This early in the spring the pasturage for our oxen was poor, and consequently we had to proceed very slowly the first week so as not to tire our animals. To mention all the daily occurrences would take up too much space. But I thought it would interest both old and young to hear someting about the "redskins" at this time when they were a constant menace to those breaking up the prairie or clearing the forest to get a home for themselves and their families. The young people of to-day can hardly imagine what the pioneers had to experience, suffer and overcome.

We moved slowly onward and arrived at Otter Tail City about the middle of June, and met several land seekers who I will mention individually.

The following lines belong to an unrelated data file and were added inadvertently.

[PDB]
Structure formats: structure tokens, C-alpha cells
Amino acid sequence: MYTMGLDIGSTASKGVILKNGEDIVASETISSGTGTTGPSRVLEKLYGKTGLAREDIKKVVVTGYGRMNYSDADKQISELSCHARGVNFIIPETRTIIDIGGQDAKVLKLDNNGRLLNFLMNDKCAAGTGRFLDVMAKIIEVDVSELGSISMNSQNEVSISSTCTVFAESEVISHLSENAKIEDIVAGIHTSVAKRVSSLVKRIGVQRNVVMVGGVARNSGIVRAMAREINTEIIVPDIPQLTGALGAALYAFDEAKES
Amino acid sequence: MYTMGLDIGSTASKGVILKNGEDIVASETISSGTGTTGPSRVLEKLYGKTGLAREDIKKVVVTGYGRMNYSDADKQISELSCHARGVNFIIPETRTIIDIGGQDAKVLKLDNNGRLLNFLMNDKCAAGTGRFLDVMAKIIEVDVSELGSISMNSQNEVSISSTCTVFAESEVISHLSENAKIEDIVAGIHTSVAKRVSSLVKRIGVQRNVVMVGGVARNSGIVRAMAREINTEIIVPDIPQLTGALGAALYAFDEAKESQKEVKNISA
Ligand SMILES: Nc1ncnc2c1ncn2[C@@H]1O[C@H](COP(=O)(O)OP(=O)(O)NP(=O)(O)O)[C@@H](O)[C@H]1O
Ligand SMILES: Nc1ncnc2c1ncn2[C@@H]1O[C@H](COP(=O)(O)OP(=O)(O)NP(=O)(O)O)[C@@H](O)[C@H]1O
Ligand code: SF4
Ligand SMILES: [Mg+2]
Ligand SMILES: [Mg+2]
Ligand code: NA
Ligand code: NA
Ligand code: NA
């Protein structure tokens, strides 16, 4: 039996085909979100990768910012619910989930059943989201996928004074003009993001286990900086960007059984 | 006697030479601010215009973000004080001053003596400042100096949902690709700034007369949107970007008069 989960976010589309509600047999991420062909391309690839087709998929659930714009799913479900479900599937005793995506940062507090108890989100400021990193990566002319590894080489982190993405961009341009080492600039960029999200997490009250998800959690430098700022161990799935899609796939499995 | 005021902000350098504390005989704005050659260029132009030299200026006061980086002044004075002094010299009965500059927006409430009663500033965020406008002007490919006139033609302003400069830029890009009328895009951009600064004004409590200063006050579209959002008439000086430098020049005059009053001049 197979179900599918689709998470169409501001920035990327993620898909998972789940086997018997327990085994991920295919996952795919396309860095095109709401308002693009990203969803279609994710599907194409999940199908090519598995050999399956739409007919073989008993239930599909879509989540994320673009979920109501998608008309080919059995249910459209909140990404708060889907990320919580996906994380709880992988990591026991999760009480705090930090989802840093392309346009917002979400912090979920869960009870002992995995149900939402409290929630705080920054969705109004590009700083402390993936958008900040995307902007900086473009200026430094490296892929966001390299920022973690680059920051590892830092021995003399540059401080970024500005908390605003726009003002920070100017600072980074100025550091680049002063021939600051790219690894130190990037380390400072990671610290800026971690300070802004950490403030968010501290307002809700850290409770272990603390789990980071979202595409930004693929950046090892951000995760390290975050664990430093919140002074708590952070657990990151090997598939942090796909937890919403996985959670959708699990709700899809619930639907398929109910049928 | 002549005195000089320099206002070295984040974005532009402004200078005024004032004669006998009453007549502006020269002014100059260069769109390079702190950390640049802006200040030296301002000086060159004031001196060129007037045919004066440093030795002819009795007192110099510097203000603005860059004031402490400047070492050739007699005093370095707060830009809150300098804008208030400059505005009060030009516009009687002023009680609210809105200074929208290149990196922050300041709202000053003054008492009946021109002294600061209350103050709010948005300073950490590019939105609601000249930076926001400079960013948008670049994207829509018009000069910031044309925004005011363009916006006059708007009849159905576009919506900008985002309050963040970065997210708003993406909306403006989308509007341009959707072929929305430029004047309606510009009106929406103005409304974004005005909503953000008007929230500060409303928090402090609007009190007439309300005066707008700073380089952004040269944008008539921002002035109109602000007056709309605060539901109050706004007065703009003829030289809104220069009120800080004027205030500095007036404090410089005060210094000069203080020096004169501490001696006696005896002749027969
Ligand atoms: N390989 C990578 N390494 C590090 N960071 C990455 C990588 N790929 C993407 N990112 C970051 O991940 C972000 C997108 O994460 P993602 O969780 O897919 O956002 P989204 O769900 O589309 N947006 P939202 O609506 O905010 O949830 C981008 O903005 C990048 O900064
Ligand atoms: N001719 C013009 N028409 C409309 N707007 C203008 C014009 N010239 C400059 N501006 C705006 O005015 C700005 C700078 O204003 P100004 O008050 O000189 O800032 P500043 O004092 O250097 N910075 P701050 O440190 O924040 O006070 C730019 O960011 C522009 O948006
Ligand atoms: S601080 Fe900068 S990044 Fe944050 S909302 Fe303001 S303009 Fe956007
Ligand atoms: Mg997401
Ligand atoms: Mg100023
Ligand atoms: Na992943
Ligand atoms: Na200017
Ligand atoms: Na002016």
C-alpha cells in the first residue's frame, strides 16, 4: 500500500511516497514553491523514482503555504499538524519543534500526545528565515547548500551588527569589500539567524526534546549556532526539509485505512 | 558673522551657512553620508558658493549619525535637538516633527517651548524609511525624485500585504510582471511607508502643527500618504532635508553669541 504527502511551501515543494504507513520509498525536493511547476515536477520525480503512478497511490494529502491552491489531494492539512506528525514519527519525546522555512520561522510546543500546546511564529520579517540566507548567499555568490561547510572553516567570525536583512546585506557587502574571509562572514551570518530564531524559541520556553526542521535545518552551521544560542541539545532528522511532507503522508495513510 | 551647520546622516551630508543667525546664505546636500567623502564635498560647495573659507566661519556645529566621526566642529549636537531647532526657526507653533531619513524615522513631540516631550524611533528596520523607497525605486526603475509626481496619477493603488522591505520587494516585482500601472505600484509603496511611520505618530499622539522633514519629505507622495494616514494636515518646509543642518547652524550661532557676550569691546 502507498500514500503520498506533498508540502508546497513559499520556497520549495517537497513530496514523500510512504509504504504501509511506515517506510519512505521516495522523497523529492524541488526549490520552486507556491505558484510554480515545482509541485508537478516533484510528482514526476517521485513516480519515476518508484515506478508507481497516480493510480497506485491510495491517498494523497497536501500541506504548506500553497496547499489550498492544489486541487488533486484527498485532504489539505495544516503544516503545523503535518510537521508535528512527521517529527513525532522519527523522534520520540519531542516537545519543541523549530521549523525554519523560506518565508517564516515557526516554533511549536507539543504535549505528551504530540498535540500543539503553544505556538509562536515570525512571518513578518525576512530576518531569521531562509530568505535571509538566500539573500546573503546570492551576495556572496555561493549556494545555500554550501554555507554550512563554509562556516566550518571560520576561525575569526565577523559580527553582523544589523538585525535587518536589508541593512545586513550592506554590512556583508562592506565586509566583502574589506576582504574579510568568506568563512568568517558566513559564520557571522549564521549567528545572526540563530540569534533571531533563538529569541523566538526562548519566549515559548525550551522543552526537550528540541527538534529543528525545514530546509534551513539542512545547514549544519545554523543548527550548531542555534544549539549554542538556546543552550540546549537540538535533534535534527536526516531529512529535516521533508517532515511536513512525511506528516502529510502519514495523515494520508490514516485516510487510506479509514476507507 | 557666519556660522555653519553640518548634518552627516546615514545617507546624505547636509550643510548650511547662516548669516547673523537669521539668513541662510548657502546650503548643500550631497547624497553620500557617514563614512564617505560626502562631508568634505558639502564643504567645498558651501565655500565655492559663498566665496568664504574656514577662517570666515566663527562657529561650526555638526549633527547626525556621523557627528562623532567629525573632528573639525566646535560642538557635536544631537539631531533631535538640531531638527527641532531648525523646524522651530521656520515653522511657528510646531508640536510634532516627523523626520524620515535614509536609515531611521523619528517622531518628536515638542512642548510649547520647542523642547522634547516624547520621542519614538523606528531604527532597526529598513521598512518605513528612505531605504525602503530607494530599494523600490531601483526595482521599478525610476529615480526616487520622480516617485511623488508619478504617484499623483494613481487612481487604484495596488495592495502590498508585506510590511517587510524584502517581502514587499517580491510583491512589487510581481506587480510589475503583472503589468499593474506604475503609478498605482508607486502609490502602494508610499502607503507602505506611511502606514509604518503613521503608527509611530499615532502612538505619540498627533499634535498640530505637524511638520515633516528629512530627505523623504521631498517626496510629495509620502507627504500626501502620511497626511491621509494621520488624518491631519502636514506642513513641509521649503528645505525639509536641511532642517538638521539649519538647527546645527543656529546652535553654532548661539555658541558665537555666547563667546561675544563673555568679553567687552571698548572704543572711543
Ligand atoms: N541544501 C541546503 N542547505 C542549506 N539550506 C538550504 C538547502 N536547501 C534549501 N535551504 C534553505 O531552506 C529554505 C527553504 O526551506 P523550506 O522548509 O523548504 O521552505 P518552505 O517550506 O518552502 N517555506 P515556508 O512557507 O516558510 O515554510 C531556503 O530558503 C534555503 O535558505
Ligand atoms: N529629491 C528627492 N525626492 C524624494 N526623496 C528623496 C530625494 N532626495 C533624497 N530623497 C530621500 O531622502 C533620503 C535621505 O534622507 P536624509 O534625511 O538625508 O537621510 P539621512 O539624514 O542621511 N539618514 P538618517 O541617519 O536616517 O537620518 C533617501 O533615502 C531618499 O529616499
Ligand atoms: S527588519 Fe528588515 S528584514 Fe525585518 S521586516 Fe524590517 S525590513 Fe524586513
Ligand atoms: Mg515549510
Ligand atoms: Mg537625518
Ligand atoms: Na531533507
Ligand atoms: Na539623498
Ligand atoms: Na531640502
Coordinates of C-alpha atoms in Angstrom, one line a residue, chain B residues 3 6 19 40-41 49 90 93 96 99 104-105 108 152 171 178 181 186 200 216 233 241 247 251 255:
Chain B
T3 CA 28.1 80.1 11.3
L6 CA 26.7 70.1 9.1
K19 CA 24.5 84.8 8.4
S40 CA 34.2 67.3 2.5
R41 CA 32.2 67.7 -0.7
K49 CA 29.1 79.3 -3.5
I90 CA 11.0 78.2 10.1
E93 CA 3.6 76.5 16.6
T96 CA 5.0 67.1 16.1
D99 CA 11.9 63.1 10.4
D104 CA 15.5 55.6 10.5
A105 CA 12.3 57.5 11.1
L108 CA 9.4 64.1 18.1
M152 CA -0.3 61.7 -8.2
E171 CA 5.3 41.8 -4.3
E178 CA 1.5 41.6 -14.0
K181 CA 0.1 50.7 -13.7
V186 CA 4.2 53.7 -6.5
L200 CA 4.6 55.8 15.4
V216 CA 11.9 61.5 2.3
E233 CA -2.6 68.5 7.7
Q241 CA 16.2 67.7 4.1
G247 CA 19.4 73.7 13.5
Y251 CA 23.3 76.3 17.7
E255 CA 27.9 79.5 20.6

Martin Olson was just back from a trip to Becker County, where he had found a home and was to return with his family. Mr. Olson described the country with brightest colors, and all the company agreed to go look it over. From Otter Tail City (at that time an insignificant Indian village) to Becker County, there were no roads, only Indian trails. To go over these roads with heavy loads was next to impossible in many places. In the southern part of Becker County we had to cross a swamp which caused us much trouble and hardship; but cross it we must as we could discover no way around it. Consequently we had to bridge the swamp which took both time and strength, as the necessary materials had to be carried in. At last the bridge was finished, bu it was not the best. Then seven or eight yoke of oxen were hitched to each wagon, and off we started across the swamp. Here it was necessary to hurry along the rear teams, and when these fell through the leaders were hurried on to pull out thse which fell through the bridge. In this way we finally got everyting across.